Collective farming method works wonders for Tamil Nadu farmers
Success story on paddy cultivation by landless agriculture labourers in Thenpathi village, Mayiladuthurai District, TN
Authors: T.Selvarasu and Sangeetha Rajeesh
Context: Thenpathi has a small hamlet of landless daily-wage workers who reside within the Kaveripoompattinam panchayat limits of Mayiladuthurai district. The hamlet has 96 households and the inhabitants belong to the Schedule Caste. 90% of these villagers earn from agriculture and fishing practices, and their incomes vary depending on the season. During the samba months (September – January), the agriculture labour brings them approximately Rs. 20,000 per year. They also earn Rs. 20,500 every year through 100-day Mahatma Gandhi National Rural Employment Grantee (MGNREGA) scheme. If they work as labourers in rice fields, or during the cotton or pulses season during the months of February-May, they can earn up to Rs. 16,000. Thus, the village people engaged in agricultural work can earn a maximum of Rs. 48,000/- for an entire year.
Although this village records enough rain during the monsoons, the absence of reservoirs to store rain water force farmers to depend on water from Cauvery river for irrigation needs. Inadequate water supply from Cauvery hinders continuous agriculture. Repeated monsoon failures and natural disasters like Tsunami, cyclone and droughts have costed many villagers their livelihoods.
Intervention: MSSRF has long term association with the villagers of Thenpathi, and a discussion was organised with Traditional Panchayat Leaders (TPLs) – Mr. Ramalingam, Mr. Govindasamy, Mr. Palanivel, Mr. Raja, and Ms. Padmavathy. It was decided to initiate the concept of collective farming in agricultural land that was leased for paddy cultivation. Farming as a livelihood option for Thenpathi villagers came up only in 2018, until then they worked in the docks or as agricultural daily wage labourers. There was a collective decision to take up traditional agriculture practice with collective farming methods for a majority of landless labourers.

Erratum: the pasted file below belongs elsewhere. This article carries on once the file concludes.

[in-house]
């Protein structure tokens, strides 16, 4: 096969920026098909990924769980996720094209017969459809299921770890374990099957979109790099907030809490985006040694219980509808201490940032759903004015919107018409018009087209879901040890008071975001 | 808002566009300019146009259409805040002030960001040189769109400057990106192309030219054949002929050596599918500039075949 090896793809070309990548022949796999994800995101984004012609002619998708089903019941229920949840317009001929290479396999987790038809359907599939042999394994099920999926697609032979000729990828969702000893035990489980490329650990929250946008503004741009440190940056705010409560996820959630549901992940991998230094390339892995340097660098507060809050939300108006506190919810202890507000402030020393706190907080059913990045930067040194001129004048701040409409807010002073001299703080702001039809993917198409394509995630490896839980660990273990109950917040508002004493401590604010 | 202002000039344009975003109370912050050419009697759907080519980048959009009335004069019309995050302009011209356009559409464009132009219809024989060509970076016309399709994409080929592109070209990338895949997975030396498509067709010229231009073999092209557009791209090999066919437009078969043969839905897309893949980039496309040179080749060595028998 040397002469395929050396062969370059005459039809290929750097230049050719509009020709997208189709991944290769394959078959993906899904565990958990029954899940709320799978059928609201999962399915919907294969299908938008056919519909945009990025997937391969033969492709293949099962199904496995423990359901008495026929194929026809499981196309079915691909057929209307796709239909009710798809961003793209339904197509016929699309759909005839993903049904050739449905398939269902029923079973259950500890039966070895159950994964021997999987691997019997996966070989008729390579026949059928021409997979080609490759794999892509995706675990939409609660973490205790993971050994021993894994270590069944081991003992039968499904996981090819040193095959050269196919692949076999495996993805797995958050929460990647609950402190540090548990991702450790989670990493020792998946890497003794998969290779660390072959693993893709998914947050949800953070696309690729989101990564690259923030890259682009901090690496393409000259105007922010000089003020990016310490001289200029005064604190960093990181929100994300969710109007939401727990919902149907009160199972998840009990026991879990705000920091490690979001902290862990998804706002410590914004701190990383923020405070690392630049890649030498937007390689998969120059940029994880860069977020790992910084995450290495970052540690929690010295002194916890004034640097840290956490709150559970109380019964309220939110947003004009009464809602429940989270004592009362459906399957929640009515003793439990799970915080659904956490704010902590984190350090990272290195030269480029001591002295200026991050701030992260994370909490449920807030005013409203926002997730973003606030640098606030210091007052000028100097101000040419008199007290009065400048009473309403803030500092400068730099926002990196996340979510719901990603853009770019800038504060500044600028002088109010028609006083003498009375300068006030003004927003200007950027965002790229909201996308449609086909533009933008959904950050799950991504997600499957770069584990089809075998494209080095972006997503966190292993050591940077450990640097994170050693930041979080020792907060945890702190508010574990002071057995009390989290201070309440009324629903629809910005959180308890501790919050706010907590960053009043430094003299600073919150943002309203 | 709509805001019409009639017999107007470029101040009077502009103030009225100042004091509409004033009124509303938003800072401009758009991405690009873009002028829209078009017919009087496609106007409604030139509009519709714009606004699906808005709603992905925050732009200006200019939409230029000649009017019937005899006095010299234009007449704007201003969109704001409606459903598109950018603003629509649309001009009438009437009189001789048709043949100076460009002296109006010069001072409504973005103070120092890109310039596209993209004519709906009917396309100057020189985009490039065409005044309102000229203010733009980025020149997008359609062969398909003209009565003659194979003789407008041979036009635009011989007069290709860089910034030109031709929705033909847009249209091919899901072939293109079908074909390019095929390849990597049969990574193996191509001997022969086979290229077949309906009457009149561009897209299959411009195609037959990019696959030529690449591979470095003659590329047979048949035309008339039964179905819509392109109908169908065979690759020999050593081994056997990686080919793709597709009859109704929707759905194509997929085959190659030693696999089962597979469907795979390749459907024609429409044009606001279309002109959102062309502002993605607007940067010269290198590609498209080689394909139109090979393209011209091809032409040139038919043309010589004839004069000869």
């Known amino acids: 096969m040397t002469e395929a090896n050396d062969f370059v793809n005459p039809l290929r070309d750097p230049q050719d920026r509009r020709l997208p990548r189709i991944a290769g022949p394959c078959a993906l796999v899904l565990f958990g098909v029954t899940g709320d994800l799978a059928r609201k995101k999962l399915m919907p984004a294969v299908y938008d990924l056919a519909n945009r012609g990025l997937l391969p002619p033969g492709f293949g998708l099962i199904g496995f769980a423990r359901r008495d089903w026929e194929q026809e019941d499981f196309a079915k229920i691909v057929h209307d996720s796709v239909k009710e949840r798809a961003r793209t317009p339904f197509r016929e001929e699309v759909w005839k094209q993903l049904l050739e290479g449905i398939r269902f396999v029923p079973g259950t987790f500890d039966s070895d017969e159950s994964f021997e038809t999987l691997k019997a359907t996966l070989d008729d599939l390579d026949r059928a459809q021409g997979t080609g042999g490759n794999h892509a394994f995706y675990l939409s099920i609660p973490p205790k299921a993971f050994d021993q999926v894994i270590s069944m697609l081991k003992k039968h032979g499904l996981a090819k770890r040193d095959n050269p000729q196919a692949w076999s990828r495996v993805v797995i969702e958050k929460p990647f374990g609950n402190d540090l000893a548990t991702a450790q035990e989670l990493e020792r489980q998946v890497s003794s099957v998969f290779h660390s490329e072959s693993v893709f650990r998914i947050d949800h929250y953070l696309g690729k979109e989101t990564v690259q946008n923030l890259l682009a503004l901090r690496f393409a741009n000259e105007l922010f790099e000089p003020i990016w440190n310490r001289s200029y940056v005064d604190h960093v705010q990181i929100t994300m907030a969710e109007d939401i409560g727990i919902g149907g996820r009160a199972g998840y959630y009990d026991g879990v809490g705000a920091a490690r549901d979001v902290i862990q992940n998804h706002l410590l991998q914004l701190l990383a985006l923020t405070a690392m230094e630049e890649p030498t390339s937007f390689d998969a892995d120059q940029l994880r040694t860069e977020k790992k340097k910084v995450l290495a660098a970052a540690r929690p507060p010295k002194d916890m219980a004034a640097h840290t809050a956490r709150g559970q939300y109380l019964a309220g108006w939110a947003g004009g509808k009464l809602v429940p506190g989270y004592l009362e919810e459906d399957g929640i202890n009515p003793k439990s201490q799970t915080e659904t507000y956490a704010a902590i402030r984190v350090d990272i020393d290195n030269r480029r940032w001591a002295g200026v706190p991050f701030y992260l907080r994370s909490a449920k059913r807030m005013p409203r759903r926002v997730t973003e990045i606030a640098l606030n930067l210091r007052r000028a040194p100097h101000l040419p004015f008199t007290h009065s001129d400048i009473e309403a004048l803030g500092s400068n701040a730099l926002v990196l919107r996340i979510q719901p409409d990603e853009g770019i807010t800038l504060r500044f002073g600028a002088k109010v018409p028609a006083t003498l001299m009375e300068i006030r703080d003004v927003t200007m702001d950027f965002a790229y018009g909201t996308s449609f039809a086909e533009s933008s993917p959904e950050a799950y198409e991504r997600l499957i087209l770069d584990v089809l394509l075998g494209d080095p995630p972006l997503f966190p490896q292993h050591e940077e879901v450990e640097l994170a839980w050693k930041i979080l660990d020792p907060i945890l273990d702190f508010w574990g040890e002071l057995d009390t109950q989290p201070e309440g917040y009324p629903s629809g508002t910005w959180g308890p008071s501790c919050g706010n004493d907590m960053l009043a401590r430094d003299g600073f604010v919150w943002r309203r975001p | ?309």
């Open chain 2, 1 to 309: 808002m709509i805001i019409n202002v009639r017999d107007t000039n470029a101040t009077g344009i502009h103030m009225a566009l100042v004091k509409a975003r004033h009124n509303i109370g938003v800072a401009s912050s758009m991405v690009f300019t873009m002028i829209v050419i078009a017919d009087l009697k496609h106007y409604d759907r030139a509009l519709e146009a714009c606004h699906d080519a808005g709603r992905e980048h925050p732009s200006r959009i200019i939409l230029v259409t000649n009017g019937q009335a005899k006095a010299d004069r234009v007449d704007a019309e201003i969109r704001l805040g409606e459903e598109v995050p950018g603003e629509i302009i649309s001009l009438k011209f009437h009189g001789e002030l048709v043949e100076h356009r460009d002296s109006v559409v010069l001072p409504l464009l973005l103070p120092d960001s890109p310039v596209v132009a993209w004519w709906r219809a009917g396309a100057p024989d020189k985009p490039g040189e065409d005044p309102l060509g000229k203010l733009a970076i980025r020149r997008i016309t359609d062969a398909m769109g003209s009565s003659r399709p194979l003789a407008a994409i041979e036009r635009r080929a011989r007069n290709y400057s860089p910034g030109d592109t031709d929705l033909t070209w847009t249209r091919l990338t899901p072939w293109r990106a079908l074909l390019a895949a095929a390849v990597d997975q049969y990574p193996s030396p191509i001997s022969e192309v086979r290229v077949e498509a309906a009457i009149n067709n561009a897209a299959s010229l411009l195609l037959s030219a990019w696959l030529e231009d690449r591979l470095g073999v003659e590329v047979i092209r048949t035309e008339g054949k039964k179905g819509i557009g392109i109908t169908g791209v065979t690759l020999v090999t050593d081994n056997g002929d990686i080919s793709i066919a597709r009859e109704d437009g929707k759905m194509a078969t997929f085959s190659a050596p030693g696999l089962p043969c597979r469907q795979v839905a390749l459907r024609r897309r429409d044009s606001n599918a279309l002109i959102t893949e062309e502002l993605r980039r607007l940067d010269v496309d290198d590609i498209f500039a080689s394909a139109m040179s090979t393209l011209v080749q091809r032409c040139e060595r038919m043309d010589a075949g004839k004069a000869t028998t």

Output: Mr. Ramalingam took responsibility to explain group formation procedures and help villagers form a group with fish-farming members. Later, another group called B. R. Ambedkar Self-Help Group (SHG) was formed with ten members. The Collective is now cultivating 2.33 acres of leased land. Table 1 shows paddy crop parameters from 2018 to 2022, which indicates that adoption of collective farming for paddy cultivation by Thenpathi farmers.
Table 1: Paddy crops parameters 2018-2022
*DAS- Days After Sowing
Outcomes: The collective farming method adopted by the farmers was successful as it has opened up direct and indirect job opportunities for the agricultural labourers in the hamlet. The farmers now trust that agriculture is a profitable livelihood option because of the gains they received through collective farming, and having experienced a positive livelihood shift from daily wage earners to farmers. The villagers were able to manage their living expenses during the monsoon season, and when COVID-19 struck. Further, their food security is ensured because they consume the rice they produce. The collective farming practice encouraged self- confidence among the farmers as well. Table 2 presents the economic analysis for the same period (2018-22) and shows increasing incomes for the Thenpathi farmers.
Table 2: Economic analysis in paddy crops – 2018 to 2022